Filler

Watch out for infection control

BMJ 2008; 337 doi: https://doi.org/10.1136/bmj.a2167 (Published 30 December 2008) Cite this as: BMJ 2008;337:a2167
  1. James Hotham, sixth form pupil, King Edward VI Five Ways School, Birmingham,
  2. Katie Warren, sixth form pupil, Tarporley High School, Tarporley
  1. hothamj{at}gmail.com

    We arrived for our work experience at a busy teaching hospital with “bare below the elbows” ringing in our ears. We adjusted our clothing accordingly—leaving jacket, tie, jewellery, and watch at home and rolling up our sleeves. This would never be allowed in school.

    As we entered the hospital, we wondered how health professionals were adapting to such a change in dress code, so we covertly kept track of all professionals we saw on the wards. When we came to look at the data, the results were surprising. Only 39% of doctors complied, compared with 84% of nurses. Further analysis of our observations showed 75% compliance among female doctors but a mere 34% compliance in their male counterparts. In 52% of cases the only failing was in wearing a wristwatch.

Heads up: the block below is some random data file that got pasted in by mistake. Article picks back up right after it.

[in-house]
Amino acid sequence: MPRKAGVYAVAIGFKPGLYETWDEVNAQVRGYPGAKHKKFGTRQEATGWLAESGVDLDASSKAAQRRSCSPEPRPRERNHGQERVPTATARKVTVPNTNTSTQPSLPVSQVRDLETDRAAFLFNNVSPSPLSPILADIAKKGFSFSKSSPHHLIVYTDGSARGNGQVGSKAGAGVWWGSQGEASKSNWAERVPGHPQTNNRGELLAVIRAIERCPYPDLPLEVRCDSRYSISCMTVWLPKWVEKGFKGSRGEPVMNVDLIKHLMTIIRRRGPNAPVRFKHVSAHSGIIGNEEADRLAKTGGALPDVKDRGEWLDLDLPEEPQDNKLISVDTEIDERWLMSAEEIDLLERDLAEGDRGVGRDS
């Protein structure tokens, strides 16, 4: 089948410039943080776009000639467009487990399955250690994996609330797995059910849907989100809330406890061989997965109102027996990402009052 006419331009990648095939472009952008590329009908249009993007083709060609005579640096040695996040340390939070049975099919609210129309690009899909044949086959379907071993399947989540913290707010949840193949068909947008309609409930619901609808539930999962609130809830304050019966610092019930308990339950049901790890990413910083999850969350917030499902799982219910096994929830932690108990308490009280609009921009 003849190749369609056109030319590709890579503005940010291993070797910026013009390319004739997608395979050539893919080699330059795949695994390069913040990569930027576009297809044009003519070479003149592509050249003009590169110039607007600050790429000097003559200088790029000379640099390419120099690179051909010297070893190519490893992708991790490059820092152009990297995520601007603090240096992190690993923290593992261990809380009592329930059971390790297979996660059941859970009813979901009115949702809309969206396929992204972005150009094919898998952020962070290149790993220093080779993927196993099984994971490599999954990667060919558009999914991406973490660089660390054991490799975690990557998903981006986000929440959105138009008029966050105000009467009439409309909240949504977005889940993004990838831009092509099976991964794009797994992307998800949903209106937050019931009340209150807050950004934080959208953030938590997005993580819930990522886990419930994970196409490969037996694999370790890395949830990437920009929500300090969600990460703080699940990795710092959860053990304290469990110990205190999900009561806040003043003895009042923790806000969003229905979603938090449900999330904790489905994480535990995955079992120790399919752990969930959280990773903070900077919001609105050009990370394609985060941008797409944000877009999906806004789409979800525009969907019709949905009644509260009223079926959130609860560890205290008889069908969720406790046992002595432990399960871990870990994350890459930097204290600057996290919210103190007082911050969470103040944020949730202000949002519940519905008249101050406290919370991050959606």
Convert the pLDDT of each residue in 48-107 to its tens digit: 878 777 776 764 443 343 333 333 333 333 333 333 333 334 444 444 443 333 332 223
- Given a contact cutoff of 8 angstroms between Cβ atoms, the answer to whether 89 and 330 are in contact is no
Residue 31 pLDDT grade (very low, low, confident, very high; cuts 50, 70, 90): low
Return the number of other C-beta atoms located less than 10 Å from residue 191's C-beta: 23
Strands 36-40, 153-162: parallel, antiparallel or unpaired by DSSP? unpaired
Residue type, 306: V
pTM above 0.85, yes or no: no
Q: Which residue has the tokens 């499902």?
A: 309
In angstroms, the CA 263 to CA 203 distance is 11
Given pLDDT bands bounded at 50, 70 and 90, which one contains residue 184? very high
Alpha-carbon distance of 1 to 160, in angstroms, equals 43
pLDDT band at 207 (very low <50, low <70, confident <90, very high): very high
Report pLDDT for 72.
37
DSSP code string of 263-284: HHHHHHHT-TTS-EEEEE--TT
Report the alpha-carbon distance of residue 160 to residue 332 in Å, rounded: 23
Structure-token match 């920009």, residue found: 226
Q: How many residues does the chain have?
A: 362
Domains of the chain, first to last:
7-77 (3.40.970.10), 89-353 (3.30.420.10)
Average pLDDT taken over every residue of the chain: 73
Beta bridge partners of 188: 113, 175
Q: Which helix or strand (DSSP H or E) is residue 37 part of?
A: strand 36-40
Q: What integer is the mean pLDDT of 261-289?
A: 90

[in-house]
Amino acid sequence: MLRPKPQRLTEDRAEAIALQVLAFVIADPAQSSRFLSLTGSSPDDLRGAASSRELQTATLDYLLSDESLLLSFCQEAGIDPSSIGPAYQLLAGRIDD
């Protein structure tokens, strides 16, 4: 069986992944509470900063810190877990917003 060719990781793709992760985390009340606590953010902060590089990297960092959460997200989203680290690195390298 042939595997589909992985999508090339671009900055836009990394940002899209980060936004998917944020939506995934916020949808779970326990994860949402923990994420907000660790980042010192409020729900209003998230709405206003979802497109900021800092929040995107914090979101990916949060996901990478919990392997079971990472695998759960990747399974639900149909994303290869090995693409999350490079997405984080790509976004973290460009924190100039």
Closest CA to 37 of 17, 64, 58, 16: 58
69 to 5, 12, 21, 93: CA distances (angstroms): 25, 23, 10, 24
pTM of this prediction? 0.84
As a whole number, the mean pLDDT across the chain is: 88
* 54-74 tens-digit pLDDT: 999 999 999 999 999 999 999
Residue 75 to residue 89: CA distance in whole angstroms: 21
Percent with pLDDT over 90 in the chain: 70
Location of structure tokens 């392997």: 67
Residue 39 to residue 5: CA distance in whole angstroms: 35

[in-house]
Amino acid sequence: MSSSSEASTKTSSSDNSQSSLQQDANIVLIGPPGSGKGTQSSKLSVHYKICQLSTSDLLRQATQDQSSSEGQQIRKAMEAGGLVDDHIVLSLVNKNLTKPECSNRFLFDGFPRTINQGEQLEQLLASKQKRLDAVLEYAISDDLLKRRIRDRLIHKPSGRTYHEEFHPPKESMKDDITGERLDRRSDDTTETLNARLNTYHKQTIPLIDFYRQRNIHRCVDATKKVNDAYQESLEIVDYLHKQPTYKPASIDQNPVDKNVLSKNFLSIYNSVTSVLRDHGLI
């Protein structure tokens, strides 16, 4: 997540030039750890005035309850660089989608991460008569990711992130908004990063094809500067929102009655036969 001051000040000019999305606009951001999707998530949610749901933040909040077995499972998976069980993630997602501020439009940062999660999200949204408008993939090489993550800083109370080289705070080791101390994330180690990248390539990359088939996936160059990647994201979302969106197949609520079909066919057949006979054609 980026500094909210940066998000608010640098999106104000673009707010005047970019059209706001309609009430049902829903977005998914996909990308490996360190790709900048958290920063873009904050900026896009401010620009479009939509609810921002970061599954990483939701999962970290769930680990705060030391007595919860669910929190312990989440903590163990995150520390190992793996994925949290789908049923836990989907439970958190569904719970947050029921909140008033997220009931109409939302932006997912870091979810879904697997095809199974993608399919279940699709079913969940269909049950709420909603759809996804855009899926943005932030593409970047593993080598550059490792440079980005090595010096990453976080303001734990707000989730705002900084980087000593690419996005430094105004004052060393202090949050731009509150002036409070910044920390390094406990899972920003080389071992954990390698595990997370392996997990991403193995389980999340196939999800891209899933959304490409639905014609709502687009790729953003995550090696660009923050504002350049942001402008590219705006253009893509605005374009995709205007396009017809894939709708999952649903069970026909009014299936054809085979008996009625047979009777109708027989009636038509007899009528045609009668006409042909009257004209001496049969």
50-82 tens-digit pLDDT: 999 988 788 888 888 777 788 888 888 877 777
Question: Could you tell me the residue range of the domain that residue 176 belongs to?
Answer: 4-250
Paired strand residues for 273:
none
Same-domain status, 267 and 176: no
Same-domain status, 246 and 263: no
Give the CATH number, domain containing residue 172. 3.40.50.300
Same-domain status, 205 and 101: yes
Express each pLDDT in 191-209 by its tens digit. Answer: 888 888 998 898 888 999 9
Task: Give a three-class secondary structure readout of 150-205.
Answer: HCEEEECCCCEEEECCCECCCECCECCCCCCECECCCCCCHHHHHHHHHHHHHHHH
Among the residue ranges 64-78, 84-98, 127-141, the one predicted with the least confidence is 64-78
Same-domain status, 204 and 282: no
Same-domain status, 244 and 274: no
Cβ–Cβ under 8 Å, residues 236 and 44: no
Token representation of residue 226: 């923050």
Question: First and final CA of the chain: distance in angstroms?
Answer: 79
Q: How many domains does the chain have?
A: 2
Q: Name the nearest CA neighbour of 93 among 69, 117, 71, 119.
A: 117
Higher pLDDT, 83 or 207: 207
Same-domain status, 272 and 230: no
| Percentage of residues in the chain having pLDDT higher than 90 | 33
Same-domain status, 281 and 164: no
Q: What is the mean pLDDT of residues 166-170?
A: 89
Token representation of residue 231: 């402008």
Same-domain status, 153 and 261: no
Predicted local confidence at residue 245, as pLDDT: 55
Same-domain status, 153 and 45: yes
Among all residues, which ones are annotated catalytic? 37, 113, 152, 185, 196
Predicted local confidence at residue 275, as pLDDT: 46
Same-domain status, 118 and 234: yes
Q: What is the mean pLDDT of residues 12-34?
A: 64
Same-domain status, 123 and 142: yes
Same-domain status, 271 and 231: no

“Arrogance,” one can hear government ministers saying. Or is it?

    There is a clear disquiet among professionals about a lack of evidence base for banning watches. Furthermore, many view watches as a clinical tool.

    However, in January 2008 the directive for “bare below the elbows” was issued by the Department of Health, and hospital trusts are compelled to respond. Perhaps a business venture in a macho, upmarket fob watch will fund our years in medical school.

    Notes

    Cite this as: BMJ 2008;337:a2167

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